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Robot see, robot maps

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by Rachael N. Darmanin

The term ‘robot’ tends to conjure up images of  well-known metal characters like C-3P0, R2-D2, and WALL-E. The robotics research boom has in the end enabled the introduction of real robots into our homes, workspaces, and recreational places. The pop culture icons we loved have now been replaced with the likes of robot vacuums such as the Roomba and home-automated systems for smoke detectors, or WIFI-enabled thermostats, such as the Nest. Nonetheless, building a fully autonomous mobile robot is still a momentous task. In order to purposefully travel around its environment, a mobile robot has to answer the questions ‘where am I?’, ‘where should I go next?’ and ‘how am I going to get there?’

Like humans, mobile robots must have some awareness of their surroundings in order to carry out tasks autonomously. A map comes in handy for humans. A robot could build the map itself while exploring an unknown environment—this is a process called Simultaneous Localisation and Mapping (SLAM). For the robot to decide which location to explore next, however, an exploration strategy would need to be devised, and the path planner would guide the robot to navigate to the next location, which increases the map’s size.

Rachael N. Darmanin
Rachael N. Darmanin

Rachael Darmanin (supervised by Dr Ing. Marvin Bugeja), used a software framework called Robot Operating System (ROS) to develop a robot system that can explore and map an unknown environment on its own. Darmanin used a differential-drive-wheeled mobile robot, dubbed PowerBot, equipped with a laser scanner (LIDAR) and wheel encoders. The algorithms responsible for localising the robot analyse the sensors’ data and construct the map. In her experiments, Darmanin implemented two different exploration strategies, the Nearest Frontier and the Next Best View, on the same system to map the Control Systems Engineering Laboratory. Each experiment ran for approximately two minutes until the robot finished its exploration and produced a map of its surroundings. This was then compared to a map of the environment to evaluate the robot’s mapping accuracy. The Next Best View approach generated the most accurate maps.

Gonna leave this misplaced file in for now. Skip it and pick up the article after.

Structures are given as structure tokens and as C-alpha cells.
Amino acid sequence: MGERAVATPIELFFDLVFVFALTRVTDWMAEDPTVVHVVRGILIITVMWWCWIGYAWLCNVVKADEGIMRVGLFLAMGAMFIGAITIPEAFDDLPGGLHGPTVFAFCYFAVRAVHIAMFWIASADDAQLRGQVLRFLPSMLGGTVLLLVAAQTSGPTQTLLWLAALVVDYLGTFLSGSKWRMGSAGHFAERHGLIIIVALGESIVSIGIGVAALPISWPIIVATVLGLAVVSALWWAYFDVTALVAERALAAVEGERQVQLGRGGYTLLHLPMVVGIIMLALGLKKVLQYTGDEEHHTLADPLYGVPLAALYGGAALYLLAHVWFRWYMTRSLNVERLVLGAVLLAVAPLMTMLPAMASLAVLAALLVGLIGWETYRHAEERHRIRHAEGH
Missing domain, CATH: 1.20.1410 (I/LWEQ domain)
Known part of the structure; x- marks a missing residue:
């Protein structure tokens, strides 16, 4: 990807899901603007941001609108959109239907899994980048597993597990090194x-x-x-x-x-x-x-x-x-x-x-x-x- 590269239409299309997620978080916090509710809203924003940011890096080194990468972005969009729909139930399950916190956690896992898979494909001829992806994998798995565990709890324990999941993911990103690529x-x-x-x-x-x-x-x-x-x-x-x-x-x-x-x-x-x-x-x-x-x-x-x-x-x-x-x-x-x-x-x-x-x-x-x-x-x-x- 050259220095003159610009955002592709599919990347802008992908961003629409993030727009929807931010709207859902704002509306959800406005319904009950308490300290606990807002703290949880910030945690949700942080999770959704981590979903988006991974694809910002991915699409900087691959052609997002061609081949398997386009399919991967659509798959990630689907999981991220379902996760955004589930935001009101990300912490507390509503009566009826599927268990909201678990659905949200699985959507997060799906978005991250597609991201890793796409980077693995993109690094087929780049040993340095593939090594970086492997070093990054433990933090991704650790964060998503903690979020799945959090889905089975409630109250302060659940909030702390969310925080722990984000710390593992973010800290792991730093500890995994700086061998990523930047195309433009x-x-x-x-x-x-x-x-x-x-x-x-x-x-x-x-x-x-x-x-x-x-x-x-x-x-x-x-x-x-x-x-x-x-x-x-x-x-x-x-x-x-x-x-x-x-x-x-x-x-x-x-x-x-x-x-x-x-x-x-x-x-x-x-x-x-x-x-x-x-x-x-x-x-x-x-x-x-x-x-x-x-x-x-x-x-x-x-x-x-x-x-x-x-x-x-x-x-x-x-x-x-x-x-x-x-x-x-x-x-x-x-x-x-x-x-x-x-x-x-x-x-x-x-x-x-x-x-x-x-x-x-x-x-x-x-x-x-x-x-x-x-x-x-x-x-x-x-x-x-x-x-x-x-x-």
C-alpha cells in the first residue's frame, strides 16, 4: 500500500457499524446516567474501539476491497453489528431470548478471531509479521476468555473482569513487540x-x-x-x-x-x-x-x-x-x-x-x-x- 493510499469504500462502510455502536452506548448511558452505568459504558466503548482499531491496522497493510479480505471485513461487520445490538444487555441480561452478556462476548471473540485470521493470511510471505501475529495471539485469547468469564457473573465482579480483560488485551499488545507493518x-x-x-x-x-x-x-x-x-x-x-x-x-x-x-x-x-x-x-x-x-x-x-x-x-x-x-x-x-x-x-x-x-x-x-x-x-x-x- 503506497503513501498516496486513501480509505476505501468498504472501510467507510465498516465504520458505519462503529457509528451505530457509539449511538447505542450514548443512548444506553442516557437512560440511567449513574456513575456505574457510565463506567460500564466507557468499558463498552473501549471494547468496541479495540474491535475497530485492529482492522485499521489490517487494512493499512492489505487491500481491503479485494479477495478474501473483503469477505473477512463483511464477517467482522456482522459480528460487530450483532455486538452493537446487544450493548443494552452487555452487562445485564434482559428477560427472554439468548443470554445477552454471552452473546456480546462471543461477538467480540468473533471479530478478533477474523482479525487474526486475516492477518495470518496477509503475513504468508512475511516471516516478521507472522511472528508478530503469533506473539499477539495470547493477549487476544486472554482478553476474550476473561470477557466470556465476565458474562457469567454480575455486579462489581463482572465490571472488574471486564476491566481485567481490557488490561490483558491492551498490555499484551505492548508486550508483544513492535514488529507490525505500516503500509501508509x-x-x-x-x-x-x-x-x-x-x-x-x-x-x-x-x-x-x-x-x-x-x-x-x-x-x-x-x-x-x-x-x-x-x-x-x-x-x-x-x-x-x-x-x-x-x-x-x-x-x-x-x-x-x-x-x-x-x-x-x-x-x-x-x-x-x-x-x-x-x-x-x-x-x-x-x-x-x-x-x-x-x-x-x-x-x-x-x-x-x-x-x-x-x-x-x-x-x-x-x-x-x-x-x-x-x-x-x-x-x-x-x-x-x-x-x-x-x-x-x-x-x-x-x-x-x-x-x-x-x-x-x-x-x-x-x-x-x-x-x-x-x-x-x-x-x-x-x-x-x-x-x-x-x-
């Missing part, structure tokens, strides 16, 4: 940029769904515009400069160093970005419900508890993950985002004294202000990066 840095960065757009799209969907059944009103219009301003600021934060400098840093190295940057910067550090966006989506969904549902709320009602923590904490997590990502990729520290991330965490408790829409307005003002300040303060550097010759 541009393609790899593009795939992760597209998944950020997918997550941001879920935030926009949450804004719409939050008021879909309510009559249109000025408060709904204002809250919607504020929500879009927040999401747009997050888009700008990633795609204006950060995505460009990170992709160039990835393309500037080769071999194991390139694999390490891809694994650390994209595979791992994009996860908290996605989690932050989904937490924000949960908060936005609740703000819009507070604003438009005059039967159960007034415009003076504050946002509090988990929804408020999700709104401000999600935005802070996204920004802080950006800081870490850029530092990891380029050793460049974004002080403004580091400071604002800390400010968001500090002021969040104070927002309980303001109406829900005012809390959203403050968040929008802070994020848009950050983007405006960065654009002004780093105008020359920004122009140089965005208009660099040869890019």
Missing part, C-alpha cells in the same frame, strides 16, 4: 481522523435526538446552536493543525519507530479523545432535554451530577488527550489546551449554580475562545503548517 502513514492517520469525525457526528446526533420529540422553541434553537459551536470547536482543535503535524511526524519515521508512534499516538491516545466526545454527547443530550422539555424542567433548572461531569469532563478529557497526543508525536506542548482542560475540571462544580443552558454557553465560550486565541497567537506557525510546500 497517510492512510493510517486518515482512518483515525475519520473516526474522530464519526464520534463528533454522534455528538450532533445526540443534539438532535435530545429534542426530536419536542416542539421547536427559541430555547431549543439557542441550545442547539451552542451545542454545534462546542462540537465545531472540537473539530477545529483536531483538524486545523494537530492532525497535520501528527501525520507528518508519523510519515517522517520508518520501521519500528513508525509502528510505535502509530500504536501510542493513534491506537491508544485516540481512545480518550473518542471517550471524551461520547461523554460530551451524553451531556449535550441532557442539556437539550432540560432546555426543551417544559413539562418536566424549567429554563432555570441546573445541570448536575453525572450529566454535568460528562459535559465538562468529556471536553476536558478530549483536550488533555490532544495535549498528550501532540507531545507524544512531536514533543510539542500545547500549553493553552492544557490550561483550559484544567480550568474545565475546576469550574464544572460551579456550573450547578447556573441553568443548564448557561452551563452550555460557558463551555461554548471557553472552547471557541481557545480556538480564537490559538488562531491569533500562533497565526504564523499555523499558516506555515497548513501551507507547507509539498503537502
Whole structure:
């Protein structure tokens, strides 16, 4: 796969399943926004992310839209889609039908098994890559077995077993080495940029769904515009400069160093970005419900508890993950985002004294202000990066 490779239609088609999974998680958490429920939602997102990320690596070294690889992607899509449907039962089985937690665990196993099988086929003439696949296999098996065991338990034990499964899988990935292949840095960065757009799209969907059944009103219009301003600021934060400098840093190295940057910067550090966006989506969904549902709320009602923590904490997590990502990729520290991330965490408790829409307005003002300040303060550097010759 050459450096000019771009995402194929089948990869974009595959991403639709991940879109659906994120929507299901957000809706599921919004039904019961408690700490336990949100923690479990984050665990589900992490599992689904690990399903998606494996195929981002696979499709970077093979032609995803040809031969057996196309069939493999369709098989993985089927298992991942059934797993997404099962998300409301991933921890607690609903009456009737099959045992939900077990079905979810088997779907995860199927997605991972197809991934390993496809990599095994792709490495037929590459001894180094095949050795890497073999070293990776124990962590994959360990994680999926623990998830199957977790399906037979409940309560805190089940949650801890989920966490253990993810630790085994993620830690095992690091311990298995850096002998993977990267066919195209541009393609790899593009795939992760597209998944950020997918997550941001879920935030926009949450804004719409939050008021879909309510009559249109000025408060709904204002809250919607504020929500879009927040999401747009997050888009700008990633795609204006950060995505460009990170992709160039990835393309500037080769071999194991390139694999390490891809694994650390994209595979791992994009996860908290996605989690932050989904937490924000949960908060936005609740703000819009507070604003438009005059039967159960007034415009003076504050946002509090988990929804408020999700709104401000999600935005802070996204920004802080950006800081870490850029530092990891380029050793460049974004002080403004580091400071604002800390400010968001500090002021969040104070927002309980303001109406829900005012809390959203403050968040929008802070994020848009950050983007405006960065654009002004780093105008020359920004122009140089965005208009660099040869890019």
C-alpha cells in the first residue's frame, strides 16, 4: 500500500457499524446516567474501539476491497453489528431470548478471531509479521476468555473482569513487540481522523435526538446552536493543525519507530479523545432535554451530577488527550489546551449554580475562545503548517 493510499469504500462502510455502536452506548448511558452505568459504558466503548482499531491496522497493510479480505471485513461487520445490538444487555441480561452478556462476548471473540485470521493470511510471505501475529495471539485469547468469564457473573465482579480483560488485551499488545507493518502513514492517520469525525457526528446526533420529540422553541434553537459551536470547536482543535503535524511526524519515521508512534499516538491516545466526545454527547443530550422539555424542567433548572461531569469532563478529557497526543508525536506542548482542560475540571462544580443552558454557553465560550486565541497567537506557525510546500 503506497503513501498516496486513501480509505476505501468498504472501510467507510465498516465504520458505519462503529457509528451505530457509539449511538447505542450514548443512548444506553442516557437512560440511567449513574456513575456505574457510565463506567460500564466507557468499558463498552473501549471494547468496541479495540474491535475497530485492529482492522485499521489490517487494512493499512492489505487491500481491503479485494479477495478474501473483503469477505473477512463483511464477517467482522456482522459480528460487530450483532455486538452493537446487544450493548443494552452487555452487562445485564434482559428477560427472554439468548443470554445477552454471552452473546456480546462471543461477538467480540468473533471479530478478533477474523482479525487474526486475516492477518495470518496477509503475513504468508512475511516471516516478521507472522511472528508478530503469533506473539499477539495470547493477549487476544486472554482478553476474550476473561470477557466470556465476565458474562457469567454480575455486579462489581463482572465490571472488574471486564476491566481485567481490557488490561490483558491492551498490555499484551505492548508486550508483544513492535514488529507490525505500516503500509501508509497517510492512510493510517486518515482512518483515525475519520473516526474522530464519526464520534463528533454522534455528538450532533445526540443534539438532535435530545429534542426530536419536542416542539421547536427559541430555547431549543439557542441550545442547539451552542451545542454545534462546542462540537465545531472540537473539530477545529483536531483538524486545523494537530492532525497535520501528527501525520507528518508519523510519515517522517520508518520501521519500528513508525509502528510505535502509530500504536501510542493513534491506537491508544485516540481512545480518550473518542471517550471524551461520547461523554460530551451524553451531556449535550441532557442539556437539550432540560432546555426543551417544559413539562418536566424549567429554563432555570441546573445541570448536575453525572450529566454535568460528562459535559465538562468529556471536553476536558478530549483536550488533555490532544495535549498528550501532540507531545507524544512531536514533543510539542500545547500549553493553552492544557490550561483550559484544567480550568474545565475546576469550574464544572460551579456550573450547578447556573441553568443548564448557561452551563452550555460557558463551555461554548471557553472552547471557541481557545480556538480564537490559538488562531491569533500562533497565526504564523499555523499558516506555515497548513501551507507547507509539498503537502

Mobile robots with autonomous exploration and mapping capabilities have massive relevance to society. They can aid hazardous exploration, like nuclear disasters, or access uncharted archaeological sites. They could also help in search and rescue operations where they would be used to navigate in disaster-stricken environments. For her doctorate, Darmanin is now looking into how multiple robots can work together to survey a large area—with a few other solutions in between.


This research was carried out as part of a Master of Science in Engineering, Faculty of Engineering, University of Malta. It was funded by the Master it! Scholarship Scheme (Malta). This scholarship is part-financed by the European Union European Social Fund (ESF) under Operational Programme II Cohesion Policy 2007–2013, Empowering People for More Jobs and a Better Quality Of Life.

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